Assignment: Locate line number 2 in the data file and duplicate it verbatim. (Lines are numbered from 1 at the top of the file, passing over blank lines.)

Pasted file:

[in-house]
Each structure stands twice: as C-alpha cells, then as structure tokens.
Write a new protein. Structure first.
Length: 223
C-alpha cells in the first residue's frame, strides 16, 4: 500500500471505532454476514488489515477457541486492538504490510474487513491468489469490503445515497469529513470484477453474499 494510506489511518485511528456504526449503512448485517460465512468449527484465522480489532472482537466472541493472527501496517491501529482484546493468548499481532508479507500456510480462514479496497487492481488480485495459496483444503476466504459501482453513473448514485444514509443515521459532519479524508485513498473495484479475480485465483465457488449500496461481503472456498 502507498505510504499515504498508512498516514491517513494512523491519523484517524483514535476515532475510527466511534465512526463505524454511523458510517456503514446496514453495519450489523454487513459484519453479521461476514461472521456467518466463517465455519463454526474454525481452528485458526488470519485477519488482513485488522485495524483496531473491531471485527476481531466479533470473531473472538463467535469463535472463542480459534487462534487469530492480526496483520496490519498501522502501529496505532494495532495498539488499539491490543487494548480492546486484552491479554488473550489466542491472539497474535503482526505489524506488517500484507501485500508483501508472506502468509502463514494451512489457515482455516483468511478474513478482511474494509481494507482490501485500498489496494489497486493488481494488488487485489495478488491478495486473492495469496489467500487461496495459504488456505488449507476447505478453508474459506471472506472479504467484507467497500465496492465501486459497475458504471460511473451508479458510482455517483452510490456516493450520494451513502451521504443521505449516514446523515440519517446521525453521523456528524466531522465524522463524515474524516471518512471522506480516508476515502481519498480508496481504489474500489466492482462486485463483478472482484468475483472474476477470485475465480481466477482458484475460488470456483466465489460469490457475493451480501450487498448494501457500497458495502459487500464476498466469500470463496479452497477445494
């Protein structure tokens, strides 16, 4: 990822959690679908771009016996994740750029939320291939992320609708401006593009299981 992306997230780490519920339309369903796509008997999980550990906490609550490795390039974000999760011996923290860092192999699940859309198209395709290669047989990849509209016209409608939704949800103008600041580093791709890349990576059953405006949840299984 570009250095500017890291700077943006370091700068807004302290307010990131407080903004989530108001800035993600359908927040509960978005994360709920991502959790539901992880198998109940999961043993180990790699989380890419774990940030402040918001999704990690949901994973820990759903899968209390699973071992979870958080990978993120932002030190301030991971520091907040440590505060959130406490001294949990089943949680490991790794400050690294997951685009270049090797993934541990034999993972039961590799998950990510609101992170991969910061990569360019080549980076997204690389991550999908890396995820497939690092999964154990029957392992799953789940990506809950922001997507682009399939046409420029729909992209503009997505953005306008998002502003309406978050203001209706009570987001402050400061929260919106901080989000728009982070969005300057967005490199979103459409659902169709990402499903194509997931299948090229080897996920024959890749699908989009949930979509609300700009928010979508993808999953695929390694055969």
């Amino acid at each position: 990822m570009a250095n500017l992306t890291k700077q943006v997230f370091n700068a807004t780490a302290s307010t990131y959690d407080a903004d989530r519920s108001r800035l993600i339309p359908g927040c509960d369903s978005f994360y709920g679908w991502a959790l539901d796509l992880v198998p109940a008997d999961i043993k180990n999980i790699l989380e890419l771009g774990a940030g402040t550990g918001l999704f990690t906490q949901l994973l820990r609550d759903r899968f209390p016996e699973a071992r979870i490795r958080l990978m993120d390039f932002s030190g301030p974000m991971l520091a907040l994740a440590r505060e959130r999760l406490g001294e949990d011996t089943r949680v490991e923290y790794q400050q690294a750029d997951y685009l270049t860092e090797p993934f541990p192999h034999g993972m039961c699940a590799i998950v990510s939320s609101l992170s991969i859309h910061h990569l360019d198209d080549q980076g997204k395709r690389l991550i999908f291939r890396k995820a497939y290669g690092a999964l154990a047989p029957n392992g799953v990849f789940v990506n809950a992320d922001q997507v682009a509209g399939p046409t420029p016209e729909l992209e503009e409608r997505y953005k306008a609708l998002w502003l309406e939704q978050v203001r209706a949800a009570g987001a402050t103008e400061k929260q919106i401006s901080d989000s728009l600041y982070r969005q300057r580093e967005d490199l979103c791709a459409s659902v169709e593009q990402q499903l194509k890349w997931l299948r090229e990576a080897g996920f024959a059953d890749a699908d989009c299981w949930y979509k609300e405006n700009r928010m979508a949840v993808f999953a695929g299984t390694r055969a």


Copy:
Each structure stands twice: as C-alpha cells, then as structure tokens.